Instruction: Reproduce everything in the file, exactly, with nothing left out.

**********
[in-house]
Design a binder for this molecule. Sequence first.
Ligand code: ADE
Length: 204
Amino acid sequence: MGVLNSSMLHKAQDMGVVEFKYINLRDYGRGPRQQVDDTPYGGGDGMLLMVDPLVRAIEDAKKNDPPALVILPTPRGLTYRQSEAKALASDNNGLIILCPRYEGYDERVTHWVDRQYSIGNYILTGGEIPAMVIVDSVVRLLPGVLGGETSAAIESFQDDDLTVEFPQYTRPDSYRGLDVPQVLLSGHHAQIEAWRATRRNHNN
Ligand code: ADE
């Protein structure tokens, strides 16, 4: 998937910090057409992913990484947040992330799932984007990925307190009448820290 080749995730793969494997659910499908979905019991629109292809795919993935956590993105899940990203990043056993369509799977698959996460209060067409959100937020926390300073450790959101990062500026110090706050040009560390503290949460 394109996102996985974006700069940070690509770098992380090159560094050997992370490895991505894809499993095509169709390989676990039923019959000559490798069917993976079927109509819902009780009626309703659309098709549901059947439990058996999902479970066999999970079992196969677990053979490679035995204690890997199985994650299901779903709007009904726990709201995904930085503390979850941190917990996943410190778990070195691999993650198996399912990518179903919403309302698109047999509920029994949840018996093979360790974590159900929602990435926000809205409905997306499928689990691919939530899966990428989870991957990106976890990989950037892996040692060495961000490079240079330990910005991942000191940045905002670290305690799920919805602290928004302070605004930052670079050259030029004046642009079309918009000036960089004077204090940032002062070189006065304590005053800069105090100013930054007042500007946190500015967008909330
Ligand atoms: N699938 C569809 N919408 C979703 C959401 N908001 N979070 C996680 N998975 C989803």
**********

[in-house]
Design a binder for this molecule. Sequence first.
Ligand code: ADE
Length: 204
Amino acid sequence: MGVLNSSMLHKAQDMGVVEFKYINLRDYGRGPRQQVDDTPYGGGDGMLLMVDPLVRAIEDAKKNDPPALVILPTPRGLTYRQSEAKALASDNNGLIILCPRYEGYDERVTHWVDRQYSIGNYILTGGEIPAMVIVDSVVRLLPGVLGGETSAAIESFQDDDLTVEFPQYTRPDSYRGLDVPQVLLSGHHAQIEAWRATRRNHNN
Ligand code: ADE
């Protein structure tokens, strides 16, 4: 998937910090057409992913990484947040992330799932984007990925307190009448820290 080749995730793969494997659910499908979905019991629109292809795919993935956590993105899940990203990043056993369509799977698959996460209060067409959100937020926390300073450790959101990062500026110090706050040009560390503290949460 394109996102996985974006700069940070690509770098992380090159560094050997992370490895991505894809499993095509169709390989676990039923019959000559490798069917993976079927109509819902009780009626309703659309098709549901059947439990058996999902479970066999999970079992196969677990053979490679035995204690890997199985994650299901779903709007009904726990709201995904930085503390979850941190917990996943410190778990070195691999993650198996399912990518179903919403309302698109047999509920029994949840018996093979360790974590159900929602990435926000809205409905997306499928689990691919939530899966990428989870991957990106976890990989950037892996040692060495961000490079240079330990910005991942000191940045905002670290305690799920919805602290928004302070605004930052670079050259030029004046642009079309918009000036960089004077204090940032002062070189006065304590005053800069105090100013930054007042500007946190500015967008909330
Ligand atoms: N699938 C569809 N919408 C979703 C959401 N908001 N979070 C996680 N998975 C989803």